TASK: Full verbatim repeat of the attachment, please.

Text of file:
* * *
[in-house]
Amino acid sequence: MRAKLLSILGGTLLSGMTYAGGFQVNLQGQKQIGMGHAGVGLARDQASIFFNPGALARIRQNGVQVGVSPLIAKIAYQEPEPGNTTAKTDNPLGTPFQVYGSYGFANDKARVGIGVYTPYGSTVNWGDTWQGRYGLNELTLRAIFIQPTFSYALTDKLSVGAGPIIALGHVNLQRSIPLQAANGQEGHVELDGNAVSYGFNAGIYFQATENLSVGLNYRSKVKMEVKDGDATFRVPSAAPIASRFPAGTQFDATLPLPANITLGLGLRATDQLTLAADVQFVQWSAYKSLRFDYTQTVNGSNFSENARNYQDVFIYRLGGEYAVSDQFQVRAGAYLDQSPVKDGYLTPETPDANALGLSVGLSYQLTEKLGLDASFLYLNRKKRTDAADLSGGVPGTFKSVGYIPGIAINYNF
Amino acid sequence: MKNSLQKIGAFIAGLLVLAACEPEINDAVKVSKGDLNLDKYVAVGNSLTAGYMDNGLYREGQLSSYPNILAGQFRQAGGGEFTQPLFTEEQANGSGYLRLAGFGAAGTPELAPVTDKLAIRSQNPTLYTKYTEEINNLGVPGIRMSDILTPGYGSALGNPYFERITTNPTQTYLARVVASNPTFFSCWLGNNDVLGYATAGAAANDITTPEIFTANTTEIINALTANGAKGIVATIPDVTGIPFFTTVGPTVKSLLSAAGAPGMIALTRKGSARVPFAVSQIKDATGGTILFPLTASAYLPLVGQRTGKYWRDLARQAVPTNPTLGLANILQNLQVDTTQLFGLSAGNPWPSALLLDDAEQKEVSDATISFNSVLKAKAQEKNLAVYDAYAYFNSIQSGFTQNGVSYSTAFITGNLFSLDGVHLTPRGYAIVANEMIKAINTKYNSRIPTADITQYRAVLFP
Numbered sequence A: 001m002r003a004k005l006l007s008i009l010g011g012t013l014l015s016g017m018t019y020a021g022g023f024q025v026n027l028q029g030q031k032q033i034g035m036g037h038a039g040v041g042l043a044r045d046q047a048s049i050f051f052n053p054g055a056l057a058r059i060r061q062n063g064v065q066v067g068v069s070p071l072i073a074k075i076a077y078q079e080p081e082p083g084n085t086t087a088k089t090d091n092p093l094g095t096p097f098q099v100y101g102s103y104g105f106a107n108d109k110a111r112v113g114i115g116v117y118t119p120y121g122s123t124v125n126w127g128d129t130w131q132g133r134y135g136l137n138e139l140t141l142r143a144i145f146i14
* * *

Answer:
[in-house]
Amino acid sequence: MRAKLLSILGGTLLSGMTYAGGFQVNLQGQKQIGMGHAGVGLARDQASIFFNPGALARIRQNGVQVGVSPLIAKIAYQEPEPGNTTAKTDNPLGTPFQVYGSYGFANDKARVGIGVYTPYGSTVNWGDTWQGRYGLNELTLRAIFIQPTFSYALTDKLSVGAGPIIALGHVNLQRSIPLQAANGQEGHVELDGNAVSYGFNAGIYFQATENLSVGLNYRSKVKMEVKDGDATFRVPSAAPIASRFPAGTQFDATLPLPANITLGLGLRATDQLTLAADVQFVQWSAYKSLRFDYTQTVNGSNFSENARNYQDVFIYRLGGEYAVSDQFQVRAGAYLDQSPVKDGYLTPETPDANALGLSVGLSYQLTEKLGLDASFLYLNRKKRTDAADLSGGVPGTFKSVGYIPGIAINYNF
Amino acid sequence: MKNSLQKIGAFIAGLLVLAACEPEINDAVKVSKGDLNLDKYVAVGNSLTAGYMDNGLYREGQLSSYPNILAGQFRQAGGGEFTQPLFTEEQANGSGYLRLAGFGAAGTPELAPVTDKLAIRSQNPTLYTKYTEEINNLGVPGIRMSDILTPGYGSALGNPYFERITTNPTQTYLARVVASNPTFFSCWLGNNDVLGYATAGAAANDITTPEIFTANTTEIINALTANGAKGIVATIPDVTGIPFFTTVGPTVKSLLSAAGAPGMIALTRKGSARVPFAVSQIKDATGGTILFPLTASAYLPLVGQRTGKYWRDLARQAVPTNPTLGLANILQNLQVDTTQLFGLSAGNPWPSALLLDDAEQKEVSDATISFNSVLKAKAQEKNLAVYDAYAYFNSIQSGFTQNGVSYSTAFITGNLFSLDGVHLTPRGYAIVANEMIKAINTKYNSRIPTADITQYRAVLFP
Numbered sequence A: 001m002r003a004k005l006l007s008i009l010g011g012t013l014l015s016g017m018t019y020a021g022g023f024q025v026n027l028q029g030q031k032q033i034g035m036g037h038a039g040v041g042l043a044r045d046q047a048s049i050f051f052n053p054g055a056l057a058r059i060r061q062n063g064v065q066v067g068v069s070p071l072i073a074k075i076a077y078q079e080p081e082p083g084n085t086t087a088k089t090d091n092p093l094g095t096p097f098q099v100y101g102s103y104g105f106a107n108d109k110a111r112v113g114i115g116v117y118t119p120y121g122s123t124v125n126w127g128d129t130w131q132g133r134y135g136l137n138e139l140t141l142r143a144i145f146i14